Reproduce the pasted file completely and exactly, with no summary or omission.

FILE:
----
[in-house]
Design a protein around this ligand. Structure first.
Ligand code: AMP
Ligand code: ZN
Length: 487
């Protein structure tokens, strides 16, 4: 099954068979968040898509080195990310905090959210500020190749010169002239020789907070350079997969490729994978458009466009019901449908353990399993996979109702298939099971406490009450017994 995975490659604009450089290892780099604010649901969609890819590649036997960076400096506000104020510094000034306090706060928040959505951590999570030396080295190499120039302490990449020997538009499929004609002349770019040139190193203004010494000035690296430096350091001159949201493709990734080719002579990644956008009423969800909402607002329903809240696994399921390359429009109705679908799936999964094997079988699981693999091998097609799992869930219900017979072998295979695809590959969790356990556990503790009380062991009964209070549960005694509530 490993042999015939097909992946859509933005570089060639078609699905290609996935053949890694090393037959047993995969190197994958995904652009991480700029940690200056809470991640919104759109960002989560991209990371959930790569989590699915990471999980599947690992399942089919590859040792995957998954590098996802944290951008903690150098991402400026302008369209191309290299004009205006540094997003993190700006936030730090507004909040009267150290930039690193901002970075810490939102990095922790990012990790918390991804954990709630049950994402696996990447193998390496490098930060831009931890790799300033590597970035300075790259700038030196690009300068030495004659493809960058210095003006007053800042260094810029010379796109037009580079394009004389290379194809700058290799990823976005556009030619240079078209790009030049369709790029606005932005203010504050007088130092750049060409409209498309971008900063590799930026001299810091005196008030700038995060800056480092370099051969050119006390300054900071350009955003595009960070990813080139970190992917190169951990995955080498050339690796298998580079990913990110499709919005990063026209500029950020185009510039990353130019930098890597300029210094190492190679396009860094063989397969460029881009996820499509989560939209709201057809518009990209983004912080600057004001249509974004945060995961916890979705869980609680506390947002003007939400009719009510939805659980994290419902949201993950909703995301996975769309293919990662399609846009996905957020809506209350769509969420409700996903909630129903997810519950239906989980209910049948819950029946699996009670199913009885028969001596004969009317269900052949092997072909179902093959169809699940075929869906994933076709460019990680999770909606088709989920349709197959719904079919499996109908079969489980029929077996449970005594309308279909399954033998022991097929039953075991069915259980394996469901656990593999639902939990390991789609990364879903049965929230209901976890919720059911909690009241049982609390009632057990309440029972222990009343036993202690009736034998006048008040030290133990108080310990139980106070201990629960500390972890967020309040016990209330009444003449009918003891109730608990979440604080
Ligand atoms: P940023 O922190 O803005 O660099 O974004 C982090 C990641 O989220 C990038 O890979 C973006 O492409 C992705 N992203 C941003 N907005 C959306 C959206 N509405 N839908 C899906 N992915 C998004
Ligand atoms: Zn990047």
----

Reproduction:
[in-house]
Design a protein around this ligand. Structure first.
Ligand code: AMP
Ligand code: ZN
Length: 487
């Protein structure tokens, strides 16, 4: 099954068979968040898509080195990310905090959210500020190749010169002239020789907070350079997969490729994978458009466009019901449908353990399993996979109702298939099971406490009450017994 995975490659604009450089290892780099604010649901969609890819590649036997960076400096506000104020510094000034306090706060928040959505951590999570030396080295190499120039302490990449020997538009499929004609002349770019040139190193203004010494000035690296430096350091001159949201493709990734080719002579990644956008009423969800909402607002329903809240696994399921390359429009109705679908799936999964094997079988699981693999091998097609799992869930219900017979072998295979695809590959969790356990556990503790009380062991009964209070549960005694509530 490993042999015939097909992946859509933005570089060639078609699905290609996935053949890694090393037959047993995969190197994958995904652009991480700029940690200056809470991640919104759109960002989560991209990371959930790569989590699915990471999980599947690992399942089919590859040792995957998954590098996802944290951008903690150098991402400026302008369209191309290299004009205006540094997003993190700006936030730090507004909040009267150290930039690193901002970075810490939102990095922790990012990790918390991804954990709630049950994402696996990447193998390496490098930060831009931890790799300033590597970035300075790259700038030196690009300068030495004659493809960058210095003006007053800042260094810029010379796109037009580079394009004389290379194809700058290799990823976005556009030619240079078209790009030049369709790029606005932005203010504050007088130092750049060409409209498309971008900063590799930026001299810091005196008030700038995060800056480092370099051969050119006390300054900071350009955003595009960070990813080139970190992917190169951990995955080498050339690796298998580079990913990110499709919005990063026209500029950020185009510039990353130019930098890597300029210094190492190679396009860094063989397969460029881009996820499509989560939209709201057809518009990209983004912080600057004001249509974004945060995961916890979705869980609680506390947002003007939400009719009510939805659980994290419902949201993950909703995301996975769309293919990662399609846009996905957020809506209350769509969420409700996903909630129903997810519950239906989980209910049948819950029946699996009670199913009885028969001596004969009317269900052949092997072909179902093959169809699940075929869906994933076709460019990680999770909606088709989920349709197959719904079919499996109908079969489980029929077996449970005594309308279909399954033998022991097929039953075991069915259980394996469901656990593999639902939990390991789609990364879903049965929230209901976890919720059911909690009241049982609390009632057990309440029972222990009343036993202690009736034998006048008040030290133990108080310990139980106070201990629960500390972890967020309040016990209330009444003449009918003891109730608990979440604080
Ligand atoms: P940023 O922190 O803005 O660099 O974004 C982090 C990641 O989220 C990038 O890979 C973006 O492409 C992705 N992203 C941003 N907005 C959306 C959206 N509405 N839908 C899906 N992915 C998004
Ligand atoms: Zn990047």